There’s no denying China’s massive economic growth over the past decade, as the country recorded an average GDP of more than 10 percent per year. In only seven years, China’s economy doubled; in 13 years, it tripled.
With this incredible expansion, China began to import commodities at an incredible pace. In 2000, the country imported only 70 million tons of iron ore; today, it’s more than 10 times that amount, at 763 million tons. Copper imports increased dramatically too, growing from 1.6 million tons in 2000 to more than 4 million tons per year today, according to BCA Research data.
And when it comes to oil demand, 17 years ago, China was a net exporter. Today, it is the second-largest importer, transporting 5.4 million barrels of oil into the country every day.
That’s why it is widely accepted that the Asian giant spurred higher commodity prices in the past decade.
And if the country was the force behind the boom, then the assumption is that China’s lower, but still healthy growth will be a drag on commodity prices.
But recent research challenges this assumption.
According to BCA Research’s Chen Zhao, what is initially an “outrageous proposition” may not actually be. The analyst says the fact that China’s consumption of industrial commodities significantly increased at the same time prices rose may have only created “the impression that China was the main driving force behind the commodities boom. ”
Consider that since the substantial growth early in the last decade, China has continued to import commodities at a remarkable pace. Since 2007, the Asian giant buys 2 times more iron ore, 1.5 times more copper and 6 times more coal from other countries.
“The level of Chinese commodity imports obviously reflects the size of its economy,” says BCA. So even if the growth rate has slowed down, “the absolute level of Chinese commodity demand continues to set new records every year.”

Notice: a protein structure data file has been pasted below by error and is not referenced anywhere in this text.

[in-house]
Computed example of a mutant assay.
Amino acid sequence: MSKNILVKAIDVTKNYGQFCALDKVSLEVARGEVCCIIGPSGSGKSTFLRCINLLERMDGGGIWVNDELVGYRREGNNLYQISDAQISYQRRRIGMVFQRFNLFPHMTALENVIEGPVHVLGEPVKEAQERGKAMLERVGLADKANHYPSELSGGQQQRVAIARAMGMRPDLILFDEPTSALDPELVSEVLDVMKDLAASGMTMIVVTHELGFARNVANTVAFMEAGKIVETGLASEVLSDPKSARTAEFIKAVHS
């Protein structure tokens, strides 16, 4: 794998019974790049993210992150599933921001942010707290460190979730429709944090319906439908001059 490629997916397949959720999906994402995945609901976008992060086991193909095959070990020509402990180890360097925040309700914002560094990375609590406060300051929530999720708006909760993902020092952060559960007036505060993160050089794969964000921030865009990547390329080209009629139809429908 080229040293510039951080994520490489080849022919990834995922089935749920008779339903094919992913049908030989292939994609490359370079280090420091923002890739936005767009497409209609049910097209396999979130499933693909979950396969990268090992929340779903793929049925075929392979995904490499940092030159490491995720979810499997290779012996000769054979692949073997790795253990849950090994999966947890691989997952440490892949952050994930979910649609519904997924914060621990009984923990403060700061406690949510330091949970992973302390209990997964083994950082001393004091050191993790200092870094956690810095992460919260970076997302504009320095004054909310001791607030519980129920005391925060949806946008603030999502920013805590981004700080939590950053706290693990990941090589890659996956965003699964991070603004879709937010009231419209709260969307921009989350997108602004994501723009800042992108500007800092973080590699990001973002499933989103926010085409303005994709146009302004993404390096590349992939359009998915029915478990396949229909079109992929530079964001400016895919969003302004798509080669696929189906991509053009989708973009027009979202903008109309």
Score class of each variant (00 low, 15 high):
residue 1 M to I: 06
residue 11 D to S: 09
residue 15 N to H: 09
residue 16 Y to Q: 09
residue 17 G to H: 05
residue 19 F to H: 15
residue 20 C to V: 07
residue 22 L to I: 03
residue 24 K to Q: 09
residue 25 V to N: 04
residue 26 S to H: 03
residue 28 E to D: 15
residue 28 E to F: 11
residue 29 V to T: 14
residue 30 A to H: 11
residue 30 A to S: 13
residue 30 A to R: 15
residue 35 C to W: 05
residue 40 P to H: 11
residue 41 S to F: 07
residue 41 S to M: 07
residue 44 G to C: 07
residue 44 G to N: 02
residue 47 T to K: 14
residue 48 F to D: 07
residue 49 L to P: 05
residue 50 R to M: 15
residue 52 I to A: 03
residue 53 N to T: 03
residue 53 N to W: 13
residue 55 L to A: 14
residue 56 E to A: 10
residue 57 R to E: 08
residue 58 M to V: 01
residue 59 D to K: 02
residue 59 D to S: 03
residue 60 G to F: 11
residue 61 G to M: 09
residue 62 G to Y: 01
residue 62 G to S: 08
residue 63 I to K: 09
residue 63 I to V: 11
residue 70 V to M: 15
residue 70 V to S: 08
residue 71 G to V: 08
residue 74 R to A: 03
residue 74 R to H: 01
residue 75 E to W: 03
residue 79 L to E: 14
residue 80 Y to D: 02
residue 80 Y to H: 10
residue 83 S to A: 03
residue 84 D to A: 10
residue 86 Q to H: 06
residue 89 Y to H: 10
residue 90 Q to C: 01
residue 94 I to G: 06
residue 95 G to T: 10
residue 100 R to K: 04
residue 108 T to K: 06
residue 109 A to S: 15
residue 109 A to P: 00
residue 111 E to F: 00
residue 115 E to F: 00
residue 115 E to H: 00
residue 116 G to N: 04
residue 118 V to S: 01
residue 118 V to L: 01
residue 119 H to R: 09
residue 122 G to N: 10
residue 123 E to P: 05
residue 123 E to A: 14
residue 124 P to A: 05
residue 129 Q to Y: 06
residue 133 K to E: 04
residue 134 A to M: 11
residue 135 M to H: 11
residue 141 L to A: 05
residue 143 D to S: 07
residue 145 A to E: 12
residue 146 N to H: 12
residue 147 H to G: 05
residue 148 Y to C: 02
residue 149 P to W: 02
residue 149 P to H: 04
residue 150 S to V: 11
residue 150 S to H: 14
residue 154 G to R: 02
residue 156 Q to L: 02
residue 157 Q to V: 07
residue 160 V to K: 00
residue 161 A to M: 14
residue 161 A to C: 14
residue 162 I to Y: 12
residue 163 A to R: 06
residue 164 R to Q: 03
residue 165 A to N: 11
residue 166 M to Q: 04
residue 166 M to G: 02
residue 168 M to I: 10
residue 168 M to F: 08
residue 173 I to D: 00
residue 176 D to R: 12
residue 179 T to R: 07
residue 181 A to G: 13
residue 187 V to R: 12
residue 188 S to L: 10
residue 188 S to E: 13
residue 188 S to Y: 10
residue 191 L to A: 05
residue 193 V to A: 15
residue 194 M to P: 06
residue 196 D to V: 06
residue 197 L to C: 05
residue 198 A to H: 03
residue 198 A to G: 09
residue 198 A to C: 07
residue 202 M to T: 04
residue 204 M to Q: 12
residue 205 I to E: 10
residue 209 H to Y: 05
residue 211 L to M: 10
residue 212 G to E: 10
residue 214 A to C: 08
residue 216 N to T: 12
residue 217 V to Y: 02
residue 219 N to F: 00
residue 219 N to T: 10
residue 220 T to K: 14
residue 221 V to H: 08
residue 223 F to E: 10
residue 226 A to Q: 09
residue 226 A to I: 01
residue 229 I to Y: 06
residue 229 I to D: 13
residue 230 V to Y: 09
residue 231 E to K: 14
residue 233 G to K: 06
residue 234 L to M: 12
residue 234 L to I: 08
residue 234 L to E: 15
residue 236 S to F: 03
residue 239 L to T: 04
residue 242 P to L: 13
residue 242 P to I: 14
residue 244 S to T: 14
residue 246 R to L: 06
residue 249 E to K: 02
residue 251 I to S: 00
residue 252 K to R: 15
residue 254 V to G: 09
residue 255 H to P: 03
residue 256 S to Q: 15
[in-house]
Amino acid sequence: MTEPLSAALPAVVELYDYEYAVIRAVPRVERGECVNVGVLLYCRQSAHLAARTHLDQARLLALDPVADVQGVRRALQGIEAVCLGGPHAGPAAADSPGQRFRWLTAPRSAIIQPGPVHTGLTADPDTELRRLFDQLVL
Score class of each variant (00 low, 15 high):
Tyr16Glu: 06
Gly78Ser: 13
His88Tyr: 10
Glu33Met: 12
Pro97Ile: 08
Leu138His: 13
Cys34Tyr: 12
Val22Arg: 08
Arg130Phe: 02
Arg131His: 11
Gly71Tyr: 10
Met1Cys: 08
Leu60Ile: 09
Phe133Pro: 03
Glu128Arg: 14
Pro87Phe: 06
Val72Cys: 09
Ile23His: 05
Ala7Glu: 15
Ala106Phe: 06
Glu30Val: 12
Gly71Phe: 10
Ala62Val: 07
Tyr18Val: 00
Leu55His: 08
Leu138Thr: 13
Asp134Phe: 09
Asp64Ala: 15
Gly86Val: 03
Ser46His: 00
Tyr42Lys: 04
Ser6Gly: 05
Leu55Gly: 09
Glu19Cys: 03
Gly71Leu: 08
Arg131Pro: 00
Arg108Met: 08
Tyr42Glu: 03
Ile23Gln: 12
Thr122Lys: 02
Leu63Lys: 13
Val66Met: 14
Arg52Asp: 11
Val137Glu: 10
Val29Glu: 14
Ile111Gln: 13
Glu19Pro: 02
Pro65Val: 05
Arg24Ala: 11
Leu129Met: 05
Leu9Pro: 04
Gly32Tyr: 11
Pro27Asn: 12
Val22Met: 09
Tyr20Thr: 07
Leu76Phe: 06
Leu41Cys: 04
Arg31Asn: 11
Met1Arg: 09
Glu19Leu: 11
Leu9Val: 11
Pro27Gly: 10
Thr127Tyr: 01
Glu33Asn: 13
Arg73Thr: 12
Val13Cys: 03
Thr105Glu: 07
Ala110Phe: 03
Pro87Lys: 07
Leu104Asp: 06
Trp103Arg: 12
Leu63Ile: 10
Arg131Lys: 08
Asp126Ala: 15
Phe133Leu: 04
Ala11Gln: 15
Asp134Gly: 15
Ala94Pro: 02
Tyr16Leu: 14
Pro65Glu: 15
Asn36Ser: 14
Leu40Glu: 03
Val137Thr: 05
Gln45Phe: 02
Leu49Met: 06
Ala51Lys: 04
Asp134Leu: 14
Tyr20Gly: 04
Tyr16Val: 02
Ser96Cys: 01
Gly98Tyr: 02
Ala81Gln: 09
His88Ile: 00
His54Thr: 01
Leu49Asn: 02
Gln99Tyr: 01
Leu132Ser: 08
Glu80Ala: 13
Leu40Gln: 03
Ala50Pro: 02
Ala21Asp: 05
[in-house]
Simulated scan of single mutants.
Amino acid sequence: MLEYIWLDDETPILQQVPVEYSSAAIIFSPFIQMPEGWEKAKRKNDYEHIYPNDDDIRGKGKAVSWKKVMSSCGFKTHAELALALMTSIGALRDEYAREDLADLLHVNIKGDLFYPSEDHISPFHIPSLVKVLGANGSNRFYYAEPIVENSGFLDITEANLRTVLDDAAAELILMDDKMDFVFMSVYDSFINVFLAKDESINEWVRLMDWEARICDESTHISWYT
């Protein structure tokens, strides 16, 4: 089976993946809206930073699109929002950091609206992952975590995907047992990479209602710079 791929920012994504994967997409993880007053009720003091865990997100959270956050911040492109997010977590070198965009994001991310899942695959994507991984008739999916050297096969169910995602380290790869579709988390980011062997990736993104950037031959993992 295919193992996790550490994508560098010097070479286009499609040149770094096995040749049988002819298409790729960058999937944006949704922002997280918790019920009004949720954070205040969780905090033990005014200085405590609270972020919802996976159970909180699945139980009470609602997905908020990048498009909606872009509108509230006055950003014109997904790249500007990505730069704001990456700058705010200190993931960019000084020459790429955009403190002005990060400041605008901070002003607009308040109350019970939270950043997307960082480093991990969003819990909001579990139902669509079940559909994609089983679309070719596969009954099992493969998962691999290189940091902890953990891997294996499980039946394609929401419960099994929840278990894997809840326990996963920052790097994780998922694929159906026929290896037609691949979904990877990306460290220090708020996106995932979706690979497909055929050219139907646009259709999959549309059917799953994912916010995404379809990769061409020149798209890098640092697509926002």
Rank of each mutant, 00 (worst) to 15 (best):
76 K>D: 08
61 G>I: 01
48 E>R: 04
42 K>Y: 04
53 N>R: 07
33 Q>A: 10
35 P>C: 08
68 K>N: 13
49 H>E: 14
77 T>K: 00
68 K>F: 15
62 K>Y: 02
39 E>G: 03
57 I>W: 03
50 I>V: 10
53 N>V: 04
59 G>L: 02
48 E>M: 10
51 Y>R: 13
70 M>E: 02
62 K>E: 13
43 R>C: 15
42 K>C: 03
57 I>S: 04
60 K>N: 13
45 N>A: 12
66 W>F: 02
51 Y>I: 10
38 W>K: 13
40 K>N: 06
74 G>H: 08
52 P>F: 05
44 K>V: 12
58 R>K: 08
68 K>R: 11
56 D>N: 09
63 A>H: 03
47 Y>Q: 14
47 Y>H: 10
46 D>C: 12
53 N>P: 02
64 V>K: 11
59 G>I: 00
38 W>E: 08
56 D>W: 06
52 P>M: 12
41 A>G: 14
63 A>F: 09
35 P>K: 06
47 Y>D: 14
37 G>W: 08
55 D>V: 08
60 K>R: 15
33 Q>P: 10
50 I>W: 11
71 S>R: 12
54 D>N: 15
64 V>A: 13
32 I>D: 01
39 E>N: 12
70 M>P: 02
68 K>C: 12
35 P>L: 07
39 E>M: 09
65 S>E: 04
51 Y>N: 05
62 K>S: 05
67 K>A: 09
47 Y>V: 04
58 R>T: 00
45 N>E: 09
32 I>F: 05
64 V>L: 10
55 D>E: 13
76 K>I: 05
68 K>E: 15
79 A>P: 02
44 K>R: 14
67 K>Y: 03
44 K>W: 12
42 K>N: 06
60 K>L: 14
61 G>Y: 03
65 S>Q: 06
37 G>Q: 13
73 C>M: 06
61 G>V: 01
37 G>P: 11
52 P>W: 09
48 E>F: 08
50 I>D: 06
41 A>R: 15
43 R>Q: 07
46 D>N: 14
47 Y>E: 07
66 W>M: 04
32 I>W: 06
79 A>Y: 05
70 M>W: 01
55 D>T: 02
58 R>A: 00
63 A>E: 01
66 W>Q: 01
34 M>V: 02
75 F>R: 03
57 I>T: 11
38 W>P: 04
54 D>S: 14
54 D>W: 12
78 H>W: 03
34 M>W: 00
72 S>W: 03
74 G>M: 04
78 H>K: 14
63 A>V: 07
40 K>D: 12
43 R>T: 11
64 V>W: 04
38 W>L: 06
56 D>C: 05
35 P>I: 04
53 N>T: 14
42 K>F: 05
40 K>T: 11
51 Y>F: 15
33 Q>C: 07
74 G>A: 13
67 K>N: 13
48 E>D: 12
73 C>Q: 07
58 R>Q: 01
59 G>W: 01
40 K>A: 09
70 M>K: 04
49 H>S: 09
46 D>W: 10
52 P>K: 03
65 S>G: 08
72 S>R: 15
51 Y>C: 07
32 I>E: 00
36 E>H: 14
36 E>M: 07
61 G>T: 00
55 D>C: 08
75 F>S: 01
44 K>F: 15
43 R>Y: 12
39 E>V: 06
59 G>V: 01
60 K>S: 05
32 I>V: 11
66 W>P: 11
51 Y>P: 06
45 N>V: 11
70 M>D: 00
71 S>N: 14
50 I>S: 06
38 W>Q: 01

Then what’s really driving commodity prices?
If you can’t entirely blame weak commodity prices on Chinese demand, what is the culprit? Take a look at the chart below. The red line plots the 10-year rolling correlation of annual returns on the Thomson Reuters/Jefferies CRB Commodity Index (CRB) with China’s real GDP growth. The correlation between these two numbers has stayed close to 0.4 since the late 1990s.
Now take a look at the blue line, which shows a negative correlation between the CRB and the trade-weighted U.S. Dollar. The correlation since 2010 has hovered around -0.8, implying that “the dollar has much more explanatory power,” says BCA.
The data confirms BCA’s “long-term suspicion that the bull market in commodities last decade was mainly a reflection of a sustained fall in the U.S. dollar.”
This isn’t the only time we’ve experienced this phenomenon. In the 1990s, when the U.S. economy was booming and the dollar was strong, commodity prices were weak and oil prices fell to an all-time low of $10 per barrel.
Today, many emerging market economies that had no global footprint a few decades ago are now growing at a much faster pace than the developed countries. These emerging nations have young, growing populations who are moving to the cities, becoming wealthier, and consuming more goods and services.
However, like I shared last week, Credit Suisse is of the opinion that prices of commodities may no longer rise and fall together in unison, emphasizing that investors will need to focus on individual commodities depending on the supply and demand factors. This is why we advocate that investors hold a diversified basket of commodities actively managed by professionals who understand these specialized assets and the global trends affecting them.